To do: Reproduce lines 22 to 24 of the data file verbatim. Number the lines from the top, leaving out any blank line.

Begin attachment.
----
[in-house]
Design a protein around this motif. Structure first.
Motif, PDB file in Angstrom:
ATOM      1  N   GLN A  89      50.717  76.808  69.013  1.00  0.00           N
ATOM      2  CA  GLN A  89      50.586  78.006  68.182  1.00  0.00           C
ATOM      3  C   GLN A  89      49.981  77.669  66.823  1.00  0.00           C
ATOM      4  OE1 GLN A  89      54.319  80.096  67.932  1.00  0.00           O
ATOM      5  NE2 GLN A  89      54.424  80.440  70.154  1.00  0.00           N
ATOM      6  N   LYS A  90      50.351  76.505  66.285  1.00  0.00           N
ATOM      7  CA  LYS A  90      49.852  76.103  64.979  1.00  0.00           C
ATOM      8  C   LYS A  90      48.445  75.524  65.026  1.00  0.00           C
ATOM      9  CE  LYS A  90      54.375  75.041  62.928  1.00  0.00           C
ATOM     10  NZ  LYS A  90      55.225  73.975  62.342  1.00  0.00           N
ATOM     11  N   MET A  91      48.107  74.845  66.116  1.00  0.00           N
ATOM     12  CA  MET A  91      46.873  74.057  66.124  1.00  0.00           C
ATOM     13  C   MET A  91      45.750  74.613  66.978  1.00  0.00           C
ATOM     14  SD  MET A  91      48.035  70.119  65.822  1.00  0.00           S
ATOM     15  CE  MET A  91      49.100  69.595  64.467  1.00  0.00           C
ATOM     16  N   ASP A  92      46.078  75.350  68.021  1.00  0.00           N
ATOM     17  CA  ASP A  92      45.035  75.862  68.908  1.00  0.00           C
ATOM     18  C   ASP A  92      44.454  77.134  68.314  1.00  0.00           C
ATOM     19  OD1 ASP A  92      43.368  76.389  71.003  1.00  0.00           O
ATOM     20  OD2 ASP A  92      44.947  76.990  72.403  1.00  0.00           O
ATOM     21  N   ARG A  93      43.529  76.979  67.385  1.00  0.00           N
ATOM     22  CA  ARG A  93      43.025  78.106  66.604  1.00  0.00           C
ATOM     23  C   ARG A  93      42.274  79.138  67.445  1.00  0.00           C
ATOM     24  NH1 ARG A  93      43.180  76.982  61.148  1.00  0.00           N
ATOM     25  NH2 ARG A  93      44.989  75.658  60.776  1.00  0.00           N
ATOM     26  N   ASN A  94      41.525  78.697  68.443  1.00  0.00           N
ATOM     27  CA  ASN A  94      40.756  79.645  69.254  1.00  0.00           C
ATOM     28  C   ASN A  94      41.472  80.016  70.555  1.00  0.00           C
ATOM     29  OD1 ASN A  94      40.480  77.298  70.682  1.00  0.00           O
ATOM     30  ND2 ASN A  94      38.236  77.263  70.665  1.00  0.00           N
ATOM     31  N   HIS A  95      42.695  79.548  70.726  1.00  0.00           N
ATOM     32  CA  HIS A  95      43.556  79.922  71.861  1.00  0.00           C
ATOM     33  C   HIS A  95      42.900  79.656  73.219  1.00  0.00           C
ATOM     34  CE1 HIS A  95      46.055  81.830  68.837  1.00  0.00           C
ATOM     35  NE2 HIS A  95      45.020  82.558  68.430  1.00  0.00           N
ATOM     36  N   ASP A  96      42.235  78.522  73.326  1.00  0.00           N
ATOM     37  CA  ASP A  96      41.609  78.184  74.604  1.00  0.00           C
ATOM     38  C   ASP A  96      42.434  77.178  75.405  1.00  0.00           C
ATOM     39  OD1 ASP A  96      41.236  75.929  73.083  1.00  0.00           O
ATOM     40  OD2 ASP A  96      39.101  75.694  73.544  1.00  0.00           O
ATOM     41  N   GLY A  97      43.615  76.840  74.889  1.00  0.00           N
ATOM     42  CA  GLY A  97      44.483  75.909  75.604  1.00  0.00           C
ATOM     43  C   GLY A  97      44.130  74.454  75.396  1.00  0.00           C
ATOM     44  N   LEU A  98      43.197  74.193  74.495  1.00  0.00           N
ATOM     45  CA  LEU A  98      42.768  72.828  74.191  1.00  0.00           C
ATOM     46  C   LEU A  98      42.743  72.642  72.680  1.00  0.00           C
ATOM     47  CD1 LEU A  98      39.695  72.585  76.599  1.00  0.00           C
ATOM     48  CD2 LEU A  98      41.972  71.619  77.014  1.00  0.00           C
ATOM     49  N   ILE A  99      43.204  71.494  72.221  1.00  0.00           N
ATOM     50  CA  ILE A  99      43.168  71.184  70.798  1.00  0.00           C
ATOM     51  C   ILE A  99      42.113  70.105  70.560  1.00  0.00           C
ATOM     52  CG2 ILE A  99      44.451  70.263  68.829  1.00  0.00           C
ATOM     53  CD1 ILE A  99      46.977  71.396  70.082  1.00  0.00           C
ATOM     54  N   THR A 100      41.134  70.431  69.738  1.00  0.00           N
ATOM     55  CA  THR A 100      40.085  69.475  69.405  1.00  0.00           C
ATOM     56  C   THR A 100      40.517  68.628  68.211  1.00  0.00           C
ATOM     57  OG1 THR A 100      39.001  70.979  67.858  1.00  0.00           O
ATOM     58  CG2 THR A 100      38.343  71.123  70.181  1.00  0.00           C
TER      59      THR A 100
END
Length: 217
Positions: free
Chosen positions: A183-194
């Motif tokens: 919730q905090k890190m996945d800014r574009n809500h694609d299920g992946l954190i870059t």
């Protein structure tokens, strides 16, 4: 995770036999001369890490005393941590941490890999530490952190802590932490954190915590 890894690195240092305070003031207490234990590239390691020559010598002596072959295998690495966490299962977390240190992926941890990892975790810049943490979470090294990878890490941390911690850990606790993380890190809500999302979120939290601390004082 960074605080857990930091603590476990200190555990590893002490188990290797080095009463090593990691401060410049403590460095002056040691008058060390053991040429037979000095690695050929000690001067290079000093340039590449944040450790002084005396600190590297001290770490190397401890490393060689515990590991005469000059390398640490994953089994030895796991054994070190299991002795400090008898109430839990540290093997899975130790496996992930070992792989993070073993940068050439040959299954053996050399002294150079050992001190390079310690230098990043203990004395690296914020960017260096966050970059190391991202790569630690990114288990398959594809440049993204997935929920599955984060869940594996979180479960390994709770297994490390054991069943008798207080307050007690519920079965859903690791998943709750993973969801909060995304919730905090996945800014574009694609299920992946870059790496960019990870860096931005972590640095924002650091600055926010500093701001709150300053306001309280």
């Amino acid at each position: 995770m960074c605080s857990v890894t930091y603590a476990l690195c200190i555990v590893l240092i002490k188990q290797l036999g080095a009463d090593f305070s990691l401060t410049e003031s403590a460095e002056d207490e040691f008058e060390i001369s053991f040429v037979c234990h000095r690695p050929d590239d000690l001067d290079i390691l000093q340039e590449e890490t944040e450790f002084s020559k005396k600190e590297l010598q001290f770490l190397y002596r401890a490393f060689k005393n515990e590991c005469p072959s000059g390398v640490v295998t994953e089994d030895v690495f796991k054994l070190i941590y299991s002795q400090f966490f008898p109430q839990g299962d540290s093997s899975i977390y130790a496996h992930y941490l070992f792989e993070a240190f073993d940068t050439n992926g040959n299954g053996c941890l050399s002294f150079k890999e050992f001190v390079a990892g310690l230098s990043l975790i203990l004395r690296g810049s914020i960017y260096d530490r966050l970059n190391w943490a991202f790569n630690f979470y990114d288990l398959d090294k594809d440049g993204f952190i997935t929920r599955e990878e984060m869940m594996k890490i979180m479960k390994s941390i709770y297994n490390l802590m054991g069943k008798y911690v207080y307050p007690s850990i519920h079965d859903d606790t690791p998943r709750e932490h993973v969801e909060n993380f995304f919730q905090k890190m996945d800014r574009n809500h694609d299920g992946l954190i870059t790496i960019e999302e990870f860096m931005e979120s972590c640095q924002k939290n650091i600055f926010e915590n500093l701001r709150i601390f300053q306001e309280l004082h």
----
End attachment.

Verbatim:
ATOM     19  OD1 ASP A  92      43.368  76.389  71.003  1.00  0.00           O
ATOM     20  OD2 ASP A  92      44.947  76.990  72.403  1.00  0.00           O
ATOM     21  N   ARG A  93      43.529  76.979  67.385  1.00  0.00           N